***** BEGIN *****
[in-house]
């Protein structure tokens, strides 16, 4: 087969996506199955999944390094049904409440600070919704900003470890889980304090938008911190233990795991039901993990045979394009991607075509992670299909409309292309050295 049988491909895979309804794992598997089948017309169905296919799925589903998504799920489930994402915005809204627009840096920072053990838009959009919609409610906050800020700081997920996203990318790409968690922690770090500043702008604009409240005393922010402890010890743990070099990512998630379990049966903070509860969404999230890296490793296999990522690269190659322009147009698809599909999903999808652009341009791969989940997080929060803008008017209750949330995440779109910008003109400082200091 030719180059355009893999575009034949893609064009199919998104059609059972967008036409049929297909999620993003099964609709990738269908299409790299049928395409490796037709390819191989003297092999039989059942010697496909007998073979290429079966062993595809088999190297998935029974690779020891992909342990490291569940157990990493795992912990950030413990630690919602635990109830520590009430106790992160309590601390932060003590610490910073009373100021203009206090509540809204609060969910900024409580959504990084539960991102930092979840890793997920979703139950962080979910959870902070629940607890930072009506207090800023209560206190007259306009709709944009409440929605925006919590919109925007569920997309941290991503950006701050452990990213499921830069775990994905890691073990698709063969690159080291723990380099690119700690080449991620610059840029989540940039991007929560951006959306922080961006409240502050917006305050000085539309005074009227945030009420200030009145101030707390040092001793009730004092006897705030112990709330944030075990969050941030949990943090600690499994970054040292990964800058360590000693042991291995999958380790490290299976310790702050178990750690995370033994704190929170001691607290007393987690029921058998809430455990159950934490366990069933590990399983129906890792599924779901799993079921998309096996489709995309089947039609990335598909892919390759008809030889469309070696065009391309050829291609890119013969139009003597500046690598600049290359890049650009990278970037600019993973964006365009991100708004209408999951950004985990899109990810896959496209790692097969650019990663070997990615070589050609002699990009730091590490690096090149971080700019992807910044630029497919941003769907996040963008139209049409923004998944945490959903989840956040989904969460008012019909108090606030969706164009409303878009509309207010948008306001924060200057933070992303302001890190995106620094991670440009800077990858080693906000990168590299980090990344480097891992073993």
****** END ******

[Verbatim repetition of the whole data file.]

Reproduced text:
[in-house]
């Protein structure tokens, strides 16, 4: 087969996506199955999944390094049904409440600070919704900003470890889980304090938008911190233990795991039901993990045979394009991607075509992670299909409309292309050295 049988491909895979309804794992598997089948017309169905296919799925589903998504799920489930994402915005809204627009840096920072053990838009959009919609409610906050800020700081997920996203990318790409968690922690770090500043702008604009409240005393922010402890010890743990070099990512998630379990049966903070509860969404999230890296490793296999990522690269190659322009147009698809599909999903999808652009341009791969989940997080929060803008008017209750949330995440779109910008003109400082200091 030719180059355009893999575009034949893609064009199919998104059609059972967008036409049929297909999620993003099964609709990738269908299409790299049928395409490796037709390819191989003297092999039989059942010697496909007998073979290429079966062993595809088999190297998935029974690779020891992909342990490291569940157990990493795992912990950030413990630690919602635990109830520590009430106790992160309590601390932060003590610490910073009373100021203009206090509540809204609060969910900024409580959504990084539960991102930092979840890793997920979703139950962080979910959870902070629940607890930072009506207090800023209560206190007259306009709709944009409440929605925006919590919109925007569920997309941290991503950006701050452990990213499921830069775990994905890691073990698709063969690159080291723990380099690119700690080449991620610059840029989540940039991007929560951006959306922080961006409240502050917006305050000085539309005074009227945030009420200030009145101030707390040092001793009730004092006897705030112990709330944030075990969050941030949990943090600690499994970054040292990964800058360590000693042991291995999958380790490290299976310790702050178990750690995370033994704190929170001691607290007393987690029921058998809430455990159950934490366990069933590990399983129906890792599924779901799993079921998309096996489709995309089947039609990335598909892919390759008809030889469309070696065009391309050829291609890119013969139009003597500046690598600049290359890049650009990278970037600019993973964006365009991100708004209408999951950004985990899109990810896959496209790692097969650019990663070997990615070589050609002699990009730091590490690096090149971080700019992807910044630029497919941003769907996040963008139209049409923004998944945490959903989840956040989904969460008012019909108090606030969706164009409303878009509309207010948008306001924060200057933070992303302001890190995106620094991670440009800077990858080693906000990168590299980090990344480097891992073993």